Our funky neighborhood is also dealing with other crime such as the terrible sexual assault last weekend on the Capitol City Trail bike path and questions of how development should proceed along this street that still has many residential buildings.
DOA meets with lawmakers after quiet bidding process and unresponsiveness
The former Central Services Facility is being demolished for a new State archives preservation and storage building. Residents are concerned the demolition spread toxins that exist from 100 years of industrial activity on the site.
Marquette neighborhood residents are alarmed about the impending demolition of a state storage building at 202 South Thornton Avenue, the former State of Wisconsin Central Services Facility. The 100 year-old building served as a foundry, munitions plant, manufactured appliances, housed a printing press and served as a service facility for the state’s vehicle fleet.
Neighbors, environmental groups and now local, state and federal legislative officials are concerned the Department of Administration’s (DOA) current Environmental Assessment (EA) far underestimates exactly what types and the amounts of toxins such as PCBs, PCEs, PAHs and other heavy metals remain on the site or have seeped into the ground. There is further worry that the State’s plan to contain those contaminates during demolition is woefully inadequate.
In it’s place, a four-story $46.7 Million state of the art archive preservation and storage facility will be constructed on the site along the Yahara River, for the Wisconsin State Historical Society and Veterans Museum.
The project, approved in 2013, will include greenspace and Native American ceremonial grounds which are planned for the Yahara frontage. In the future, more expansion could happen to land not in the building’s footprint on the Dickinson Street side which for now will be landscaped.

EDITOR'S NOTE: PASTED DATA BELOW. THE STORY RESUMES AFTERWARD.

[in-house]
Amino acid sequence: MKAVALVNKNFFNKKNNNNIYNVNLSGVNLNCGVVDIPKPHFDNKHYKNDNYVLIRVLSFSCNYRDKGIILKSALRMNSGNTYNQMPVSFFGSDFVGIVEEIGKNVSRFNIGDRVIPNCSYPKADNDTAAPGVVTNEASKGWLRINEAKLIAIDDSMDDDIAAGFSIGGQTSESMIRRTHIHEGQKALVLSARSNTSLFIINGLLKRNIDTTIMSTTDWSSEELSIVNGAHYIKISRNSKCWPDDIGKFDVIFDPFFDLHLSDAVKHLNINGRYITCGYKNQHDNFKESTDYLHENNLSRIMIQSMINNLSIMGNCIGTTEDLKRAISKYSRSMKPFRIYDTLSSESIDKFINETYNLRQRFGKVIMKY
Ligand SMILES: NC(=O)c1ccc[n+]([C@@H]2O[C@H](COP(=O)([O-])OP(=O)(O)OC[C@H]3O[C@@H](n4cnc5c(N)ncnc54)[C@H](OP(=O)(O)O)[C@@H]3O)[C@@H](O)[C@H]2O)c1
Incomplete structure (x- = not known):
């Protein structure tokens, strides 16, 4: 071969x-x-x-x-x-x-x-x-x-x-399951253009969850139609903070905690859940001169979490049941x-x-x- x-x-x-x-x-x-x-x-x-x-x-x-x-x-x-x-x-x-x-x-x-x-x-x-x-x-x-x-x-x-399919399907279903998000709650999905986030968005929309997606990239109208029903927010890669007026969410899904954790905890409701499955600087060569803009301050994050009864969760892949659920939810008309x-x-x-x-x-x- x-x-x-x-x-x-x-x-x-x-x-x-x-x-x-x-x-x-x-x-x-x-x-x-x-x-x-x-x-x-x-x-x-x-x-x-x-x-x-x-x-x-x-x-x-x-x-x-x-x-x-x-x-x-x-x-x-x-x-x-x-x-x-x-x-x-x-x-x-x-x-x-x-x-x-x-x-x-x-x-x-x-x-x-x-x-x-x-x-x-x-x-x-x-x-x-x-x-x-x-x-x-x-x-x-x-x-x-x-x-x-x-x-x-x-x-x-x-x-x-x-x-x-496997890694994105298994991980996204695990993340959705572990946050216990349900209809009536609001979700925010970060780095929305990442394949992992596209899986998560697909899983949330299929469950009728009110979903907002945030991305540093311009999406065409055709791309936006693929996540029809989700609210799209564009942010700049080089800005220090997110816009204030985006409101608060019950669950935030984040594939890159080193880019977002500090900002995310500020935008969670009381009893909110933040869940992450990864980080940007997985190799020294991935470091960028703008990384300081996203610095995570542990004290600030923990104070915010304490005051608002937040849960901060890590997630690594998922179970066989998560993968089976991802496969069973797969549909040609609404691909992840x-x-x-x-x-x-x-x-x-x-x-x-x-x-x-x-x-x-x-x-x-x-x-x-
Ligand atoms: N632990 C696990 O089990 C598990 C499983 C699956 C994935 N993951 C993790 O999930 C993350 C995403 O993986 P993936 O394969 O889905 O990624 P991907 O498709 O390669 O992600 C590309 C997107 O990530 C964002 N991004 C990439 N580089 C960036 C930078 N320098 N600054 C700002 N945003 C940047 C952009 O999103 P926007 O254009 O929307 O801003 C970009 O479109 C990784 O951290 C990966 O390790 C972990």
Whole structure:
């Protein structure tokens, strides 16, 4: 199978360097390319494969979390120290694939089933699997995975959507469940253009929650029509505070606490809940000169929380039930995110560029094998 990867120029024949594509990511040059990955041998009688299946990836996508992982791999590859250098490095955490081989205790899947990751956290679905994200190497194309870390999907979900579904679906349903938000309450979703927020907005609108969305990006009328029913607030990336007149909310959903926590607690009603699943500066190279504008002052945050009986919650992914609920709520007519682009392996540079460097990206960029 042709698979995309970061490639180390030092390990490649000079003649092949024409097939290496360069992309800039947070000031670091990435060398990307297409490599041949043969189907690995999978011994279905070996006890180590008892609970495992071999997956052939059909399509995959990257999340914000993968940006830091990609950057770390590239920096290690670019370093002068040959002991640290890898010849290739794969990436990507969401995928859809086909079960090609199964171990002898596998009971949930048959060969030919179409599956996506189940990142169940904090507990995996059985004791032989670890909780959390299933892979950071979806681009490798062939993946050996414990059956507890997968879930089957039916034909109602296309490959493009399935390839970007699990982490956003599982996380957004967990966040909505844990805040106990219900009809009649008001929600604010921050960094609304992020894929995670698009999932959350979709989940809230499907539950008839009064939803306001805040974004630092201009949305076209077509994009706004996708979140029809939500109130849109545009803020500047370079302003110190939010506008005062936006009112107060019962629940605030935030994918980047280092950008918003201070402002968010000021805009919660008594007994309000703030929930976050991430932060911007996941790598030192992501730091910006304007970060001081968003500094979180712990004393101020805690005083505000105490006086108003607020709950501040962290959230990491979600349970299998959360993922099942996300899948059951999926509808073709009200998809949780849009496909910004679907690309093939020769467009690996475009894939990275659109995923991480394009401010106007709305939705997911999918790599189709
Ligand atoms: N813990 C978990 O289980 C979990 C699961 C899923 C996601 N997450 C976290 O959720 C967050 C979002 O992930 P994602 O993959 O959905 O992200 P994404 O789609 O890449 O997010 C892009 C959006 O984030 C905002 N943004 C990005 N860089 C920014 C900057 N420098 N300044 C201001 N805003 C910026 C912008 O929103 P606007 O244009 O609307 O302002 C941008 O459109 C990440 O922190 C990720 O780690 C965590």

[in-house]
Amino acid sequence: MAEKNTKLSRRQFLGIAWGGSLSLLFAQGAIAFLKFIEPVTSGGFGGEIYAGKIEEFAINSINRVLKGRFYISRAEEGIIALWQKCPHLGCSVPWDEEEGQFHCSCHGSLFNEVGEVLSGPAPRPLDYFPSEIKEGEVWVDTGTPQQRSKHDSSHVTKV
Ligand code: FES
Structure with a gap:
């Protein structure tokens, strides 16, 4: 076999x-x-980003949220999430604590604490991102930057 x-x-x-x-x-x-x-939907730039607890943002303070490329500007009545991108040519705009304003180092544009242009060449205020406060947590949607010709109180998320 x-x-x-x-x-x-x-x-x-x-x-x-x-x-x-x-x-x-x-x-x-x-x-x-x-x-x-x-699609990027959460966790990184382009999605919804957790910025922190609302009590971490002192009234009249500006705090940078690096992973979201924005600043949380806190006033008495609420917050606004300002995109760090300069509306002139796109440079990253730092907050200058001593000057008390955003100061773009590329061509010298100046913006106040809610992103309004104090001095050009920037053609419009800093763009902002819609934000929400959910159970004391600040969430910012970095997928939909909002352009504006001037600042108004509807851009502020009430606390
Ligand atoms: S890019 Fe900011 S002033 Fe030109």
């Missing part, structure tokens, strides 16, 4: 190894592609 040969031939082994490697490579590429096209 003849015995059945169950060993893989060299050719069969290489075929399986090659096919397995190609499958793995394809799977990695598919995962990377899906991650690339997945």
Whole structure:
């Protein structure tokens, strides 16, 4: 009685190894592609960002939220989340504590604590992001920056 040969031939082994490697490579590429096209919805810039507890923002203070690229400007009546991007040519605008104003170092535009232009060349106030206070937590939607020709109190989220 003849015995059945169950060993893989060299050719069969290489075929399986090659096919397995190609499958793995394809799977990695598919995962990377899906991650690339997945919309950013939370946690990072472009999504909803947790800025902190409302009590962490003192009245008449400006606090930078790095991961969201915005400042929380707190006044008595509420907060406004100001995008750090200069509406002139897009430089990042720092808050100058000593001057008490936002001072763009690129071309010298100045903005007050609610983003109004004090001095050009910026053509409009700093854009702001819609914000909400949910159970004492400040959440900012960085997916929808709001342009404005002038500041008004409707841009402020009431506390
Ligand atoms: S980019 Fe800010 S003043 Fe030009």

Will we embrace the difficult change required to prevent future assaults?
Following the brutal sexual assault and attempted homicide early Saturday (September 12) of a woman along the heavily trafficked Capital City Trail bike path, the neighborhood has been organizing ways to respond.
The Marquette Neighborhood Association is planning extensive discussions of the incident at it’s Board meeting on Thursday and hopes to outline some possible solutions and strategies to forward to City leaders.
Along with that effort will be the first outward community response, a march along the bike path from Mickey’s at 7 p.m Thursday to Livingston Street where the assault occurred.
Over 1300 people have responded to the Take Back the Bike Path Event’s Facebook page but how do we move from this outrage to lasting, sustainable action? How do we move from safer walking at night tips, better lighting and mace to no rape at all?
Fortunately, at least in the immediate area, the Internet discussion following the incident on Saturday has skewed toward new thinking about how to prevent rape. Acknowledging the basic premise that one human can rape another, the majority of sexual assaults are men against women, with acquaintance rape being the most prevalent.
We don’t know the age/background/education of Saturday’s assailant. We often talk about sexual assault at schools because that is where young people are concentrated the most. But rape happens everywhere and at all ages and it starts with the culture we all accept or allow to be acceptable…current male culture and privilege.